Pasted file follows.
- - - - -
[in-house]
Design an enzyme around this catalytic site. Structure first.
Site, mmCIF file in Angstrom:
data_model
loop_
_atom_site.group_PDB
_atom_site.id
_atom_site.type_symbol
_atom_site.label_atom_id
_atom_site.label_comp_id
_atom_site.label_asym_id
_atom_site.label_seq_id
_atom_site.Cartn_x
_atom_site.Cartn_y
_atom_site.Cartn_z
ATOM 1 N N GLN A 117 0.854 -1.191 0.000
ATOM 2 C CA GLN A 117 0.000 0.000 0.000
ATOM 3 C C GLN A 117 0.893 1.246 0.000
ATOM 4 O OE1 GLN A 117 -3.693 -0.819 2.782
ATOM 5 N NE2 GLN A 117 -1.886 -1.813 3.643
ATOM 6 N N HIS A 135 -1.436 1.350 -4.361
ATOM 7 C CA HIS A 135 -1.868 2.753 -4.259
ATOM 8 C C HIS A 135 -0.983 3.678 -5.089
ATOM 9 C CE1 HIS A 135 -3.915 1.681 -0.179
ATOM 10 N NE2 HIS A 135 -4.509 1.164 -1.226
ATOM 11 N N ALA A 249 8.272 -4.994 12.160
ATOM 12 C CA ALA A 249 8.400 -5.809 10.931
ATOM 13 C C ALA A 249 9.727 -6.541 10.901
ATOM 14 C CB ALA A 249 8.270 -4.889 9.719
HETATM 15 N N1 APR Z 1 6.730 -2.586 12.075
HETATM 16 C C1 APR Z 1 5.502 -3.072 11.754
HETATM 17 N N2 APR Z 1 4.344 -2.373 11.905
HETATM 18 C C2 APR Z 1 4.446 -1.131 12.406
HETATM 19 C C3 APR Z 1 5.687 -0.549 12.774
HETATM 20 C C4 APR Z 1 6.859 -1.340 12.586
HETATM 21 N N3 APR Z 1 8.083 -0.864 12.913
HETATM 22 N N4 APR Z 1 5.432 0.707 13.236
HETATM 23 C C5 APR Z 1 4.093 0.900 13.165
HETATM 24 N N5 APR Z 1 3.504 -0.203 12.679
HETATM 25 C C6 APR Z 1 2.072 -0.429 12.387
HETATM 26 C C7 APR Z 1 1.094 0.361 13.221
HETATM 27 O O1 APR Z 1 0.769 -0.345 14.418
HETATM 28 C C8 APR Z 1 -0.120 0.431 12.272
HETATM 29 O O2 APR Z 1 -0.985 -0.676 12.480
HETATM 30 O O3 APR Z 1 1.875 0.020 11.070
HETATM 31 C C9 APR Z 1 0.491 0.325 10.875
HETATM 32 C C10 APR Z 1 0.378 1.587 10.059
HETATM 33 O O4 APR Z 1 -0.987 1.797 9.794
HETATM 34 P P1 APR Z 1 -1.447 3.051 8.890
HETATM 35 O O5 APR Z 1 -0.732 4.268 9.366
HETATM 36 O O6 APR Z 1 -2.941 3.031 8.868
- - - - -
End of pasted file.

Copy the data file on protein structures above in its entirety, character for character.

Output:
[in-house]
Design an enzyme around this catalytic site. Structure first.
Site, mmCIF file in Angstrom:
data_model
loop_
_atom_site.group_PDB
_atom_site.id
_atom_site.type_symbol
_atom_site.label_atom_id
_atom_site.label_comp_id
_atom_site.label_asym_id
_atom_site.label_seq_id
_atom_site.Cartn_x
_atom_site.Cartn_y
_atom_site.Cartn_z
ATOM 1 N N GLN A 117 0.854 -1.191 0.000
ATOM 2 C CA GLN A 117 0.000 0.000 0.000
ATOM 3 C C GLN A 117 0.893 1.246 0.000
ATOM 4 O OE1 GLN A 117 -3.693 -0.819 2.782
ATOM 5 N NE2 GLN A 117 -1.886 -1.813 3.643
ATOM 6 N N HIS A 135 -1.436 1.350 -4.361
ATOM 7 C CA HIS A 135 -1.868 2.753 -4.259
ATOM 8 C C HIS A 135 -0.983 3.678 -5.089
ATOM 9 C CE1 HIS A 135 -3.915 1.681 -0.179
ATOM 10 N NE2 HIS A 135 -4.509 1.164 -1.226
ATOM 11 N N ALA A 249 8.272 -4.994 12.160
ATOM 12 C CA ALA A 249 8.400 -5.809 10.931
ATOM 13 C C ALA A 249 9.727 -6.541 10.901
ATOM 14 C CB ALA A 249 8.270 -4.889 9.719
HETATM 15 N N1 APR Z 1 6.730 -2.586 12.075
HETATM 16 C C1 APR Z 1 5.502 -3.072 11.754
HETATM 17 N N2 APR Z 1 4.344 -2.373 11.905
HETATM 18 C C2 APR Z 1 4.446 -1.131 12.406
HETATM 19 C C3 APR Z 1 5.687 -0.549 12.774
HETATM 20 C C4 APR Z 1 6.859 -1.340 12.586
HETATM 21 N N3 APR Z 1 8.083 -0.864 12.913
HETATM 22 N N4 APR Z 1 5.432 0.707 13.236
HETATM 23 C C5 APR Z 1 4.093 0.900 13.165
HETATM 24 N N5 APR Z 1 3.504 -0.203 12.679
HETATM 25 C C6 APR Z 1 2.072 -0.429 12.387
HETATM 26 C C7 APR Z 1 1.094 0.361 13.221
HETATM 27 O O1 APR Z 1 0.769 -0.345 14.418
HETATM 28 C C8 APR Z 1 -0.120 0.431 12.272
HETATM 29 O O2 APR Z 1 -0.985 -0.676 12.480
HETATM 30 O O3 APR Z 1 1.875 0.020 11.070
HETATM 31 C C9 APR Z 1 0.491 0.325 10.875
HETATM 32 C C10 APR Z 1 0.378 1.587 10.059
HETATM 33 O O4 APR Z 1 -0.987 1.797 9.794
HETATM 34 P P1 APR Z 1 -1.447 3.051 8.890
HETATM 35 O O5 APR Z 1 -0.732 4.268 9.366
HETATM 36 O O6 APR Z 1 -2.941 3.031 8.868